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10 things to keep in mind while buying options in the market…

Stock Market | Published on Aug 05th 2017 | Comment(s) 0
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Equity options have emerged as a big segment of stock markets in the last 10 years. In fact, today index options and equity options put together account for over 85% of the total volumes on the NSE on a daily basis. The regulator has been trying to constantly caution retail investors about the merits and demerits of the F&O market. Here are 10 things you must know when you buying options (either index options or stock options) in the market…

10 things you must know when you buy options in the market…

  • Options are available in a wide range of maturities. You can get options that expire in 1 month, 2 months and 3 months. There are also long term options in case of indices and you also have the choice of weekly options on the Bank Nifty. Of course, liquidity is still concentrated in near month contracts.
  • Call options give you a right to buy and put options give you the right to sell. In both the cases, the buyer of the option only has the right but not the obligation to buy or to sell. For this right without obligation the buyer pays a premium to the seller of the option. This premium is a sunk cost for the buyer of the option.
  • Since the premium paid by you on a call or put option becomes effectively your maximum loss, there is only a premium margin that you need to pay initially. As an option buyer you do not need to worry about MTM margins which are payable in case of futures.
  • Every option purchase is a trade-off. If your options have a lower outstanding maturity then it will be available at a lower premium. But the lower outstanding maturity also means that the prospects of your making money on the options stands sharply reduced.
  • The most important factor driving the value of an option is volatility. Normally in case of call and put, the relationship is positive. When the volatility in the market goes up, both calls and puts become more valuable. There is a simple logic behind this. When markets become volatile there is a higher probability of the stock moving sharply either ways. Since options are non-linear, you make profits when the movement is in your favour but you do not lose money when the movement is against you.
  • The big advantage in options in India is that the securities transaction tax (STT) is not charged on the notional value of the option but on the premium value. This is an advantage in options over futures, where the STT is charged on the notional value. What is this concept? If RIL has a lot size of 500 and you buy a 1700 strike call option at a premium of Rs.10, then the notional value of one lot will be Rs.850,000 (500*1700) but the premium value will be Rs.5,000 (500*10). One of the main reasons for options trading growing in a big way in India is that the STT is imposed on the premium value and not on the notional value.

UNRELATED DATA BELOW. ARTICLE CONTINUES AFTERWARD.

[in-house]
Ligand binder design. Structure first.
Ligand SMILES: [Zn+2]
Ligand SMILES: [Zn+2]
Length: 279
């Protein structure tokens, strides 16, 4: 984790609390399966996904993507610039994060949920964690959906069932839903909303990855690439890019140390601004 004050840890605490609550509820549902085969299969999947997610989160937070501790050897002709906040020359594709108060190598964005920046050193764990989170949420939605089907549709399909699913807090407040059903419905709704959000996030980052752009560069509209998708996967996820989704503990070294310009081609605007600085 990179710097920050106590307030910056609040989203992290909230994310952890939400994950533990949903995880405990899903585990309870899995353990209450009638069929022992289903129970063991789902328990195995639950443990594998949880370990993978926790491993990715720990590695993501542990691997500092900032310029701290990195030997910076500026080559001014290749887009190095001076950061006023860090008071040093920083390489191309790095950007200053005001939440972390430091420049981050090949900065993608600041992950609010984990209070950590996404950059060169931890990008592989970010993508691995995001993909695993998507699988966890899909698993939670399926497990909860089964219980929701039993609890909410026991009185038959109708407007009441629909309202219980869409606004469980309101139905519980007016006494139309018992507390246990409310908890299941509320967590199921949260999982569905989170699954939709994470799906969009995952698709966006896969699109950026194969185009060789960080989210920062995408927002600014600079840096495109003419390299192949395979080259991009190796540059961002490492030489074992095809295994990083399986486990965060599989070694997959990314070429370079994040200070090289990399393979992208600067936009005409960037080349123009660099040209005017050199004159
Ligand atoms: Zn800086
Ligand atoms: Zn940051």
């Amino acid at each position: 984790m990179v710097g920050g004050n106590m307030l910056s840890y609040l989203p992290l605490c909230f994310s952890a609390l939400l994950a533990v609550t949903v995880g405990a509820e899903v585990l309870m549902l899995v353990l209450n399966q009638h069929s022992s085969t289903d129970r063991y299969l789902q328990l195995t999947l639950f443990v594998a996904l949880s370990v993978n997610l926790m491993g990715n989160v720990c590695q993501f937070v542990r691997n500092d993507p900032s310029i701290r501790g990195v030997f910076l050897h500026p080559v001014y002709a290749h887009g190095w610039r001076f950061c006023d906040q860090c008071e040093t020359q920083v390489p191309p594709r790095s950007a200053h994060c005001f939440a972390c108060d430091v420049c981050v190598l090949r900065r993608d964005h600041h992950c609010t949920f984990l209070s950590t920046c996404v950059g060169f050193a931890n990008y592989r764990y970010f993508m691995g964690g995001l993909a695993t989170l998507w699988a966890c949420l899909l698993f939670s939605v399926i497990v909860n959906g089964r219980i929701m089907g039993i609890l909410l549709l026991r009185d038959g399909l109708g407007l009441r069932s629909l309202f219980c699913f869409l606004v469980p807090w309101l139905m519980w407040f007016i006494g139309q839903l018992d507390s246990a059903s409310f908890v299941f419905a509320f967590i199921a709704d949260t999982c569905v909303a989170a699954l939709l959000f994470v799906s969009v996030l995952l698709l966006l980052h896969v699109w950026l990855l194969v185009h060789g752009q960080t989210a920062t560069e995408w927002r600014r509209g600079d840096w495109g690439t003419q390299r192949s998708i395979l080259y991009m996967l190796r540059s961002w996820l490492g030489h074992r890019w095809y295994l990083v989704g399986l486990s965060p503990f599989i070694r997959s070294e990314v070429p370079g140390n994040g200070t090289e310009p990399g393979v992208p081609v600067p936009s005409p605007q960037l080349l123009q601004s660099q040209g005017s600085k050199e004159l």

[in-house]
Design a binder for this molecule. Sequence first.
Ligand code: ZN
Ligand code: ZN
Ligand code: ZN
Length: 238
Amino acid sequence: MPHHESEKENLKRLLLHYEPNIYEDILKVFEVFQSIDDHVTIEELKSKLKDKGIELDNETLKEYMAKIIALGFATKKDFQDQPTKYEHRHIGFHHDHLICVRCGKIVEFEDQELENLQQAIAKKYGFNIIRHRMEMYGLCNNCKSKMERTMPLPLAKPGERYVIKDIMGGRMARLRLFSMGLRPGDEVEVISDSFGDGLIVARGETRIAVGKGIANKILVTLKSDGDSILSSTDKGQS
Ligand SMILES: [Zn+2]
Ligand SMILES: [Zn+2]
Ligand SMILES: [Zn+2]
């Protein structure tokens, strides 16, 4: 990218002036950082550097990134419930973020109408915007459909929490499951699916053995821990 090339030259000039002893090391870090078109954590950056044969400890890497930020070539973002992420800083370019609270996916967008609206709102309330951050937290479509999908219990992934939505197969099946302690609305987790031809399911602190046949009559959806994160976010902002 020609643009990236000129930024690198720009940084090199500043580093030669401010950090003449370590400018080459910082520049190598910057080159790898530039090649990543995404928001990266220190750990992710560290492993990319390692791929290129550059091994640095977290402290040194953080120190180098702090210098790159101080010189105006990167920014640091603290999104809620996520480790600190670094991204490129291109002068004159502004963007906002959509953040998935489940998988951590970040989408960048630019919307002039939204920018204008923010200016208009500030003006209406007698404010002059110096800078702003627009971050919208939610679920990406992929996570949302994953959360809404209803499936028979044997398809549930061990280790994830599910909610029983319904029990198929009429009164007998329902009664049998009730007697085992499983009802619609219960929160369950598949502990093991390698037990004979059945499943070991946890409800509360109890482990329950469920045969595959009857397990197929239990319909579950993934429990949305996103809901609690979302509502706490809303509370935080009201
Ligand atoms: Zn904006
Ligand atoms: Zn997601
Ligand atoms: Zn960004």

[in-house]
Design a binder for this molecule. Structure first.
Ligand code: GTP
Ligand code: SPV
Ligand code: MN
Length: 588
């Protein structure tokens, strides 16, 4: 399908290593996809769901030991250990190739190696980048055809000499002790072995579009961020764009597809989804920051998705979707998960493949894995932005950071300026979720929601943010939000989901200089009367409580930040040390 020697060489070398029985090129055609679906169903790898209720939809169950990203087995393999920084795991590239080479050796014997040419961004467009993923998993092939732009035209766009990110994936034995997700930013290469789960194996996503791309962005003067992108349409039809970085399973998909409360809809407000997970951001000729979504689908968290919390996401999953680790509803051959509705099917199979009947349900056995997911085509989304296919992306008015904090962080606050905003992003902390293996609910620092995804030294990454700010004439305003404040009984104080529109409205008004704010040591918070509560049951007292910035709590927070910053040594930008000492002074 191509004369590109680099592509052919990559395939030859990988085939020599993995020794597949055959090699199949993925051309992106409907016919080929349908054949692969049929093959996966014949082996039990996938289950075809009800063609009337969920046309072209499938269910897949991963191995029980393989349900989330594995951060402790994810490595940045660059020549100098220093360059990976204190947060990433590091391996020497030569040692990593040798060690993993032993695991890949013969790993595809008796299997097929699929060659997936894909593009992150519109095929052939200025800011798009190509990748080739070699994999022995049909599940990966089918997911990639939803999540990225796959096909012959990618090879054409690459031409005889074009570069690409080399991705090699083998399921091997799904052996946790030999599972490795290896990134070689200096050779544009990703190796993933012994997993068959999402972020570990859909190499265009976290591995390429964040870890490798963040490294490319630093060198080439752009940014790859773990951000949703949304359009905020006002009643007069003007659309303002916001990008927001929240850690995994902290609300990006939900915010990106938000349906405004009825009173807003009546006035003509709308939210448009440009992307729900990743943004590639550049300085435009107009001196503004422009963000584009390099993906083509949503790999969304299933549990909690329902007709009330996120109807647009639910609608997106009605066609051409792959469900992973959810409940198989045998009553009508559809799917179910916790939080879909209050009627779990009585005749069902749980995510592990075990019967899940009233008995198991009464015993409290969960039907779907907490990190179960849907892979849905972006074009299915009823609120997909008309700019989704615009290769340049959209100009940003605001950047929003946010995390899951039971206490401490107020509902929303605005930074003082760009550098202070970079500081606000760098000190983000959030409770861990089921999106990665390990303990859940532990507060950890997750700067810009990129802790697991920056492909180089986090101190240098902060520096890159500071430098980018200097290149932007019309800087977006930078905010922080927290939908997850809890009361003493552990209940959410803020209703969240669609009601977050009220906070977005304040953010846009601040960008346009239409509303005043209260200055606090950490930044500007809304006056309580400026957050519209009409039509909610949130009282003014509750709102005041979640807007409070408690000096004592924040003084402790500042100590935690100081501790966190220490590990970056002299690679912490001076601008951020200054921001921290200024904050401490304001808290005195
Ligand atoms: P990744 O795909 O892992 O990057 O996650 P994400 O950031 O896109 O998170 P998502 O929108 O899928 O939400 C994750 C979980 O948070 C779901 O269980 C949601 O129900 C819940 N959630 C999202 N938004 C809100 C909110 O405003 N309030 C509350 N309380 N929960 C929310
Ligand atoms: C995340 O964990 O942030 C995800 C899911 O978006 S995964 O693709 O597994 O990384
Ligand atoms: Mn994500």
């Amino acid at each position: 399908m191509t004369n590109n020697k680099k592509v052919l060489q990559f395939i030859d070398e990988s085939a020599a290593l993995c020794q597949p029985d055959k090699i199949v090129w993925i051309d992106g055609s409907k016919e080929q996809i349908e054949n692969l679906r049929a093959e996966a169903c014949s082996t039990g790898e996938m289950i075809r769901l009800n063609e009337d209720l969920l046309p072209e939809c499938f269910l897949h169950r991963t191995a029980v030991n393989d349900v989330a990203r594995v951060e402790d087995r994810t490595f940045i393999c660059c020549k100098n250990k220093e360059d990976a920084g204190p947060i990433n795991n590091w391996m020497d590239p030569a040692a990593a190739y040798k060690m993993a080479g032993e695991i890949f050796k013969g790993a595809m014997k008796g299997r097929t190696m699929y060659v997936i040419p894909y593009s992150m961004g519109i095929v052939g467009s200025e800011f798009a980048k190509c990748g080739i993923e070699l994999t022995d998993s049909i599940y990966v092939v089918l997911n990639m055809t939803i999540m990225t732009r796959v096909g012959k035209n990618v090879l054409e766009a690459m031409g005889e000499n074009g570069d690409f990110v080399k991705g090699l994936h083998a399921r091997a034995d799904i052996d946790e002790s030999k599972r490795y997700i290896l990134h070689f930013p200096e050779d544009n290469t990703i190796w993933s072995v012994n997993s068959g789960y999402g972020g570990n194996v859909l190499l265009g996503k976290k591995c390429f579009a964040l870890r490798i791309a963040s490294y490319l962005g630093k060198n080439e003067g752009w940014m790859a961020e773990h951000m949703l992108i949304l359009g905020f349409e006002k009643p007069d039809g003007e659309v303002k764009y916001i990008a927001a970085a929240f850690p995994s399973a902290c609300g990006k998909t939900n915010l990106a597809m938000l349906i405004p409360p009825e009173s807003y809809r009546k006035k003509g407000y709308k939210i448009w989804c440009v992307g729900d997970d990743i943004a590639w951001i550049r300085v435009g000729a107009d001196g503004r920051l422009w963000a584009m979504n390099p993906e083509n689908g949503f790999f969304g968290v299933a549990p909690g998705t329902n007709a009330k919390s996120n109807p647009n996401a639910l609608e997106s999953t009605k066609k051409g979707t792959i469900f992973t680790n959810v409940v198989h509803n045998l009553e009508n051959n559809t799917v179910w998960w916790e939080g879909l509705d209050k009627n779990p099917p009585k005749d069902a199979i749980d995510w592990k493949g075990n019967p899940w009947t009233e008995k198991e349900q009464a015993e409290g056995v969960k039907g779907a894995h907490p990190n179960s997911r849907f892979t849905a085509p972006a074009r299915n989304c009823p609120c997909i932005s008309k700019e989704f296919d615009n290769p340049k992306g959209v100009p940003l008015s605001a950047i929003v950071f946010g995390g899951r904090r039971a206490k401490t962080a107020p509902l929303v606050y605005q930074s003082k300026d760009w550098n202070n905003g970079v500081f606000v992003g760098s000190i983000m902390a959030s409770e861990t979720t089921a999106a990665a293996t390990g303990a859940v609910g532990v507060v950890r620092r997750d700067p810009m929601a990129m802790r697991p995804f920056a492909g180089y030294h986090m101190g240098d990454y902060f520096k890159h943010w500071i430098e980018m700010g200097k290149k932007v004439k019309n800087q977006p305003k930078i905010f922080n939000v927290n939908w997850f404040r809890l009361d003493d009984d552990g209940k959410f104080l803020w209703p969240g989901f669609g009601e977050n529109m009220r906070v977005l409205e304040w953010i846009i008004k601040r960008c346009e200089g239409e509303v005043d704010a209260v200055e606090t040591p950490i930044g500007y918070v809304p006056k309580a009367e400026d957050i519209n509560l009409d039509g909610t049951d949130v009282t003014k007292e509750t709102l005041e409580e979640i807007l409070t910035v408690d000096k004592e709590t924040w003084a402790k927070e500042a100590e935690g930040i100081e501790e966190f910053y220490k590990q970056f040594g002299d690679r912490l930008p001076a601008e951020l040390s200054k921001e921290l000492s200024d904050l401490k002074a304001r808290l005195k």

• When you see the option price of a particular strike on a stock, remember it comprises of two components; the intrinsic value and time value. An understanding of these 2 concepts is extremely important for any options trader. Let us go back to the RIL example. Assume that the call option of RIL 1650 strike is quoting on the NSE at Rs. 38. If the spot price of RIL is Rs.1660, then out of the premium of Rs.38, Rs. 10 will be intrinsic value of the option (1660-1650) while the balance of Rs.28 will be the time value of the option. If the stock price of RIL is less than the strike price then the entire premium will be time value.
  • The distinction between time value and intrinsic is crucial to your understanding of trading in options. Remember, an option is a wasting asset and therefore the time value of the option keeps reducing as the date of maturity approaches and almost comes close to zero by the time the maturity approaches. Hence as an option buyer it always makes more sense for you to buy options in the beginning of the contract as it will give you more time value and volatility prospects to play with.
  • Options are flexible and dynamic products and hence can be used for a variety of purposes. If you expect the stock of RIL to go up then you can speculate on the stock with a call option. Similarly, if you expect the stock of SBI to go down then you can speculate by buying put options. You can also hedge your risk in the market. If you have a portfolio of equity holdings, you can hedge the risk by buying put options on the Nifty. The non-linear nature of options gives a lot of flexibility from a buyer’s point of view.
  • Lastly, options can be combined to cater to a whole range of market situations. For example, if you expect the market to be volatile you can buy a combination Straddle or a Strangle. Conversely, if you expect the market to remain range-bound, you can play the market by selling a Strangle or Straddle. You also have specific spreads strategies known as butterflies and covered calls where you can play for a moderate bullishness or moderate bearishness in the market. The choice is entirely yours.

Profiting from buying options require a sharp understanding of the interplay of factors like volatility, time value and pricing. The better informed you are, the more our prospects of profiting from buying options.

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